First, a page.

Guitar rig[edit]

A detailed gear diagram of Billy Gibbons' 2003 ZZ Top guitar rig exists.[12]

Dusty Hill[edit]


Preferring the Fender style bass, Dusty Hill also uses many different basses and amplifiers in different combos, and maintains a large collection of vintage as well as custom basses by noted luthier, John Bolin of Bolin Guitars USA. Hill is noted for designing simple, uncomplicated basses with a single pickup with a single volume knob, with the sometime rare addition[clarification needed] including a specially powered knob for tone control.[13][14]


  • Vintage Fender Telecaster Bass - Only used during recordings.
  • Fender Precision Bass
  • Custom Fender Telecaster Bass - Fitted with custom wound DiMarzio pickups.
  • Custom reversed Telecaster Bass
  • Custom Telecaster Bass - With reversed headstock.
  • Dean (Gibson Explorer-style) custom bass - Covered in white sheep wool, with spinning unit.[15]
  • Custom reversed Precision Bass
  • Bolin Guitars custom - White hollowbody bass.
  • Dean Z
  • Danelectro Longhorn Bass (Used in-studio on all of ZZ Top's First Album)
  • Customized Fender Jazz Bass
  • 21 Ball Hamiltone (only one made - designed and created by Jim Hamilton)



Frank Beard[edit]



* Tama Starclassic Maple drums:[16]

  1. 18"×22" Bass Drum
  2. 6"×14" Starclassic Maple Snare
  3. 5.5"×10" Tom Tom
  4. 10"×10" Tom Tom
  5. 6"×12" Tom Tom
  6. 14"×14" Floor Tom
  7. 16"×16" Floor Tom
  8. 16"×18" Floor Tom
  9. 5"×12" Snare Drum


* 2002 Paiste cymbals:[17]

  1. 16" 2002 China
  2. 16" 2002 Crash
  3. 15" 2002 Medium Hi-Hat
  4. 18" 2002 Crash
  5. 19" 2002 Crash
  6. 20" 2002 Power Ride
  7. 13" Signature Mega Cup Chime
  8. 17" 2002 Crash
  9. 14" 2002 Medium Hi-Hat
  10. 18" 2002 China


* Pro-Mark drumsticks:[18]

  1. TX2SW Hickory 2S wood tip (length: 17”/diameter: 0.63”)
  2. TX440W Hickory 440 wood tip (length: 17”/diameter: 0.63”)


* Remo drumheads [19]


* Ddrum triggers [20]


* Tama hardware:[16]

  1. Iron Cobra Power Glide Single Pedal
  2. 1st Chair Wide-Rider Drum Throne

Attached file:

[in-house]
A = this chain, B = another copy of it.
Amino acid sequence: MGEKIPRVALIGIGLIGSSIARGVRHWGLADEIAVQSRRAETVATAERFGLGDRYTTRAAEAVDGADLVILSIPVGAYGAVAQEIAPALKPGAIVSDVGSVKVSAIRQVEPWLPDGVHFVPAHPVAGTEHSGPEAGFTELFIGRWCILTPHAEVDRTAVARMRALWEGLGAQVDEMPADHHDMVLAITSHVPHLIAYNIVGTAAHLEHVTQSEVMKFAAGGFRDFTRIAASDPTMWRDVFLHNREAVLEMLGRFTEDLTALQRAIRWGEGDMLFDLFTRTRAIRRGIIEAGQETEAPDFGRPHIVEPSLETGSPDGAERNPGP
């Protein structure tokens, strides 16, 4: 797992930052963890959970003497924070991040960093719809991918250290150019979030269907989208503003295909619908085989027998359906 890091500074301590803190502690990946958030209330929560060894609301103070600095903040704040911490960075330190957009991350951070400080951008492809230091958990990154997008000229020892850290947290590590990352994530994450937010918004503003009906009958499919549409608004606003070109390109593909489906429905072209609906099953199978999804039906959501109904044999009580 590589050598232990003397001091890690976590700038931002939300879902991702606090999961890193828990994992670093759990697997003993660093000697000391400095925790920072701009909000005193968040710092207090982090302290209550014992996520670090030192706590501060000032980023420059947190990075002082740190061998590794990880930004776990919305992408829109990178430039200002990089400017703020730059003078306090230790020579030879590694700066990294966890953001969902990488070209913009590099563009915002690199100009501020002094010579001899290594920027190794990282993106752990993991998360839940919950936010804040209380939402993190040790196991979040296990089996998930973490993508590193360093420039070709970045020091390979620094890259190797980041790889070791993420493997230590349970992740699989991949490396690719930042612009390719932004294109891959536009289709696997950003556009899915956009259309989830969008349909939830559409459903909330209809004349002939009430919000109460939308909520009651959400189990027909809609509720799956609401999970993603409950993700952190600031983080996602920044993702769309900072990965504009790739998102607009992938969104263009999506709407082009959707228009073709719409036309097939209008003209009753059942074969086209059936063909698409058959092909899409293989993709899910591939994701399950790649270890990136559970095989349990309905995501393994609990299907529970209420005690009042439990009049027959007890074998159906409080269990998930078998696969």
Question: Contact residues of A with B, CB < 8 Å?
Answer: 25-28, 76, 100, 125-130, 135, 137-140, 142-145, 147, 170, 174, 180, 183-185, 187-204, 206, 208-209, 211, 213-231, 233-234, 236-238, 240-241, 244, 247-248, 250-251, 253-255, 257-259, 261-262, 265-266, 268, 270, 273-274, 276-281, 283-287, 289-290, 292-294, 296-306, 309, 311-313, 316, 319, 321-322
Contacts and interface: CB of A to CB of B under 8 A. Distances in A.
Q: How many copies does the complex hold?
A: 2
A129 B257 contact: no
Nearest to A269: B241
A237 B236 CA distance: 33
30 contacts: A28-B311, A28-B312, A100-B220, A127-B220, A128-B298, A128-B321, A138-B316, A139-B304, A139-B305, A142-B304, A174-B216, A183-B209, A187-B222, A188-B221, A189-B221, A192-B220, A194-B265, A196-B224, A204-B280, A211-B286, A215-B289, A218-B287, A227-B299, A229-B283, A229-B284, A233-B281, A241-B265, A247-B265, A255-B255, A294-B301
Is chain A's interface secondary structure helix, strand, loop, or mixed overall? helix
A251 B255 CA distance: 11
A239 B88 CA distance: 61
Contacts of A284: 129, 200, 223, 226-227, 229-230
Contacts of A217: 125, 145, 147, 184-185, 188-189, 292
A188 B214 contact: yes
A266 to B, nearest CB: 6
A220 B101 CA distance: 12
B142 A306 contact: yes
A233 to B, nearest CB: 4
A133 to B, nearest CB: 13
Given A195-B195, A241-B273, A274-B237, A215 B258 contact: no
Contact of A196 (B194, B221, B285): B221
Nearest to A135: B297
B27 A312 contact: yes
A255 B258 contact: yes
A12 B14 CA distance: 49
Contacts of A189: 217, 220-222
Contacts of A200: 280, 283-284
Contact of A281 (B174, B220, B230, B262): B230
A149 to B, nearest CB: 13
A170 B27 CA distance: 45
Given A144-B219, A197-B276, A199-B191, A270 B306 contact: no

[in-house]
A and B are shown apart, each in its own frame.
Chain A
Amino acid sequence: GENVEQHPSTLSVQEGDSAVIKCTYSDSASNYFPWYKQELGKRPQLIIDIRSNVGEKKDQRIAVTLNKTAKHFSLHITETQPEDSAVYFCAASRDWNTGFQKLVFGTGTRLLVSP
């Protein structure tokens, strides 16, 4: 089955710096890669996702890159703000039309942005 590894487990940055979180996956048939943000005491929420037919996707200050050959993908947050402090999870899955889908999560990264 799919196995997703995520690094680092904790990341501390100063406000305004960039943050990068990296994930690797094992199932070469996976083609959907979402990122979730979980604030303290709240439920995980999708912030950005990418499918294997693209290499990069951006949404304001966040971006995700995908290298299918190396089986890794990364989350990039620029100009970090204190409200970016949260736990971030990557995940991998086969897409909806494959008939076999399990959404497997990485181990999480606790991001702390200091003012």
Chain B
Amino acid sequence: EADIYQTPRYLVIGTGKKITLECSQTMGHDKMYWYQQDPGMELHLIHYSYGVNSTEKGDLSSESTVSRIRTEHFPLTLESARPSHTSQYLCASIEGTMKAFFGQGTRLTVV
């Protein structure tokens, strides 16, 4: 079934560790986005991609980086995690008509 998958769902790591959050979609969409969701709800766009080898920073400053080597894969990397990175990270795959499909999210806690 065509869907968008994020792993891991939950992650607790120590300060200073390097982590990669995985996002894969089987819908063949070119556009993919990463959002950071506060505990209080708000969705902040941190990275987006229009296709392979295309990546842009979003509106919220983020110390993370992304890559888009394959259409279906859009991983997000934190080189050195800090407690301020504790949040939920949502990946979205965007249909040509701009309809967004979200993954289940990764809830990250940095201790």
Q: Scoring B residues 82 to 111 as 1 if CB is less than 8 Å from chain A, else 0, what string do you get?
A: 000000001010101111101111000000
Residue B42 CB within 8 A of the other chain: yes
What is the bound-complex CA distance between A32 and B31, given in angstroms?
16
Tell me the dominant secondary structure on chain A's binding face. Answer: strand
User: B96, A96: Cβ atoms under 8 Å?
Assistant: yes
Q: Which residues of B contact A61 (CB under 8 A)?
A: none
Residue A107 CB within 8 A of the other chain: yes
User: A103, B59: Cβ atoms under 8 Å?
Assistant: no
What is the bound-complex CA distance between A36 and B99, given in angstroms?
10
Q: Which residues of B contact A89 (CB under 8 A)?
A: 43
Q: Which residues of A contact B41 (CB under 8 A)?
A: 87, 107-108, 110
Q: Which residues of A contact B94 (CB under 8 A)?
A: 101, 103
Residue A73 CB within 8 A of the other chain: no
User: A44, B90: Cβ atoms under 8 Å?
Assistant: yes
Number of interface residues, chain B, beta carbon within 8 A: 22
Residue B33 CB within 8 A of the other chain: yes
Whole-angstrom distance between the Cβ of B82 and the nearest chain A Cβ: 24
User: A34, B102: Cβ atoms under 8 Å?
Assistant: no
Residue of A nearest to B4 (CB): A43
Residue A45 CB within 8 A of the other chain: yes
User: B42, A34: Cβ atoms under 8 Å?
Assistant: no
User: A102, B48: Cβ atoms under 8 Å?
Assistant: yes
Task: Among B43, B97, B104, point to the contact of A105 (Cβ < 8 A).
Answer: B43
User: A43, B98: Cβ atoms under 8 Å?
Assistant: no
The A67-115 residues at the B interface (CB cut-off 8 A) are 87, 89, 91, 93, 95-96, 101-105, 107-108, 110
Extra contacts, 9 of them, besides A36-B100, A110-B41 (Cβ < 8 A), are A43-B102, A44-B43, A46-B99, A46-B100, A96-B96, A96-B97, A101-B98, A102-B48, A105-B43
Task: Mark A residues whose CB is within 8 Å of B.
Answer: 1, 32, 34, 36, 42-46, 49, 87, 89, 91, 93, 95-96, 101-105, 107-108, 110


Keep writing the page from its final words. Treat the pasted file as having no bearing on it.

See also[edit]


  1. ^ Harward, Randy (24 February 2009). "Inquirer: Billy Gibbons - Guitar World". Guitar World. Archived from the original on 1 March 2009. Retrieved 25 August 2010.
  2. ^ "Billy F. Gibbons" (PDF). The ToneQuest Report. Georgia: Mountanview Publishing. October 2002. p. 4. Retrieved 25 Aug 2010.
  3. ^ "Billy F. Gibbons" (PDF). The ToneQuest Report. Georgia: Mountanview Publishing. October 2002. p. 3. Retrieved 25 Aug 2010.
  4. ^ Guitar World, June 2003
  5. ^ "Making Our December 2008 Cover - Billy Gibbons". Musician's Friend. December 2008. Retrieved 21 Aug 2010.
  6. ^ a b Doyle, Michael (1993). The history of Marshall: the illustrated story of "the sound of rock". Hal Leonard. p. 25. ISBN 0-7935-2509-8.
  7. ^ Paul, Alan (3 December 2009). "Prime Cuts: ZZ Top". Guitar World. Future US. Archived from the original on 26 March 2011. Retrieved 21 August 2010.
  8. ^ Prown, Pete; Lisa Sharken (2003). Gear Secrets of the Guitar Legends: How to Sound Like Your Favorite Players. Hal Leonard Corporation. p. 119. ISBN 0-87930-751-X.
  9. ^ Pittman, Aspen (2003). The Tube Amp Book. 165: Hal Leonard. ISBN 0-87930-767-6.
  10. ^ "Bringing Back The Magnatone" (PDF). The Music Trades. 164 (1). February 2016. Retrieved 25 April 2019.
  11. ^ "Dunlop's NAMM 2010 Accessories Demo Video". Dunlop Manufacturing. Retrieved 3 May 2010.
  12. ^ Cooper, Adam (2003-03-23). "Billy Gibbons' 2003 ZZ Top Guitar Rig". GuitarGeek.Com. Archived from the original on 2012-11-08. Retrieved 2012-11-05.
  13. ^ "Dusty Hill Biography". Archived from the original on 2012-06-22.
  14. ^ "Hollowbody Bass Archive » Dusty Hill of ZZ Top". Hollowbody Bassist. Archived from the original on 2010-09-04. Retrieved 2010-12-26.
  15. ^ deanguitars.com
  16. ^ a b Tama Artist Profile
  17. ^ Paiste Artist Profile
  18. ^ Pro-Mark Artist Profile
  19. ^ Remo artists
  20. ^ Ddrum artists

External links[edit]